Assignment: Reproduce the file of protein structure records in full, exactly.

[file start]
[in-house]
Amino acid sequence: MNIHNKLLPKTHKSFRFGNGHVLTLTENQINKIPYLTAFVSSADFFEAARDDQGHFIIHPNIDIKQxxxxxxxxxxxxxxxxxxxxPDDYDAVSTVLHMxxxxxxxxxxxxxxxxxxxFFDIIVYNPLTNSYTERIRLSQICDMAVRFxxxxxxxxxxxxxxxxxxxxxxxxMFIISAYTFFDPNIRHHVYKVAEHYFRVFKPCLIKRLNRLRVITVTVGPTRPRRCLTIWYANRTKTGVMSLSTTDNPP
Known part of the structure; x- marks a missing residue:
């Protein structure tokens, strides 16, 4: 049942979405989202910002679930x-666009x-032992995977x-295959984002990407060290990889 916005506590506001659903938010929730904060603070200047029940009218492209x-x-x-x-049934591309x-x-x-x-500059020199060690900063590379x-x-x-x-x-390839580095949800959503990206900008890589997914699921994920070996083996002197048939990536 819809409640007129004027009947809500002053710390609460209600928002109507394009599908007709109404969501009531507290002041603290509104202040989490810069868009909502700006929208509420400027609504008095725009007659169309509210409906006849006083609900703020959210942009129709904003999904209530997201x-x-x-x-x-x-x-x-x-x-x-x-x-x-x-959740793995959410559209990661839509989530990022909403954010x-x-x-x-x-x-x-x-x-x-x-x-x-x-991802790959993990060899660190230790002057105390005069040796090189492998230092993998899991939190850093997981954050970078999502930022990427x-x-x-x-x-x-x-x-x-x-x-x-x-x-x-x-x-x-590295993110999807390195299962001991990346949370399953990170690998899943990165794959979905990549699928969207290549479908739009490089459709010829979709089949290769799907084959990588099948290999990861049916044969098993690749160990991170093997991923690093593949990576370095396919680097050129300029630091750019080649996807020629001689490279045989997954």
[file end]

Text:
[in-house]
Amino acid sequence: MNIHNKLLPKTHKSFRFGNGHVLTLTENQINKIPYLTAFVSSADFFEAARDDQGHFIIHPNIDIKQxxxxxxxxxxxxxxxxxxxxPDDYDAVSTVLHMxxxxxxxxxxxxxxxxxxxFFDIIVYNPLTNSYTERIRLSQICDMAVRFxxxxxxxxxxxxxxxxxxxxxxxxMFIISAYTFFDPNIRHHVYKVAEHYFRVFKPCLIKRLNRLRVITVTVGPTRPRRCLTIWYANRTKTGVMSLSTTDNPP
Known part of the structure; x- marks a missing residue:
């Protein structure tokens, strides 16, 4: 049942979405989202910002679930x-666009x-032992995977x-295959984002990407060290990889 916005506590506001659903938010929730904060603070200047029940009218492209x-x-x-x-049934591309x-x-x-x-500059020199060690900063590379x-x-x-x-x-390839580095949800959503990206900008890589997914699921994920070996083996002197048939990536 819809409640007129004027009947809500002053710390609460209600928002109507394009599908007709109404969501009531507290002041603290509104202040989490810069868009909502700006929208509420400027609504008095725009007659169309509210409906006849006083609900703020959210942009129709904003999904209530997201x-x-x-x-x-x-x-x-x-x-x-x-x-x-x-959740793995959410559209990661839509989530990022909403954010x-x-x-x-x-x-x-x-x-x-x-x-x-x-991802790959993990060899660190230790002057105390005069040796090189492998230092993998899991939190850093997981954050970078999502930022990427x-x-x-x-x-x-x-x-x-x-x-x-x-x-x-x-x-x-590295993110999807390195299962001991990346949370399953990170690998899943990165794959979905990549699928969207290549479908739009490089459709010829979709089949290769799907084959990588099948290999990861049916044969098993690749160990991170093997991923690093593949990576370095396919680097050129300029630091750019080649996807020629001689490279045989997954």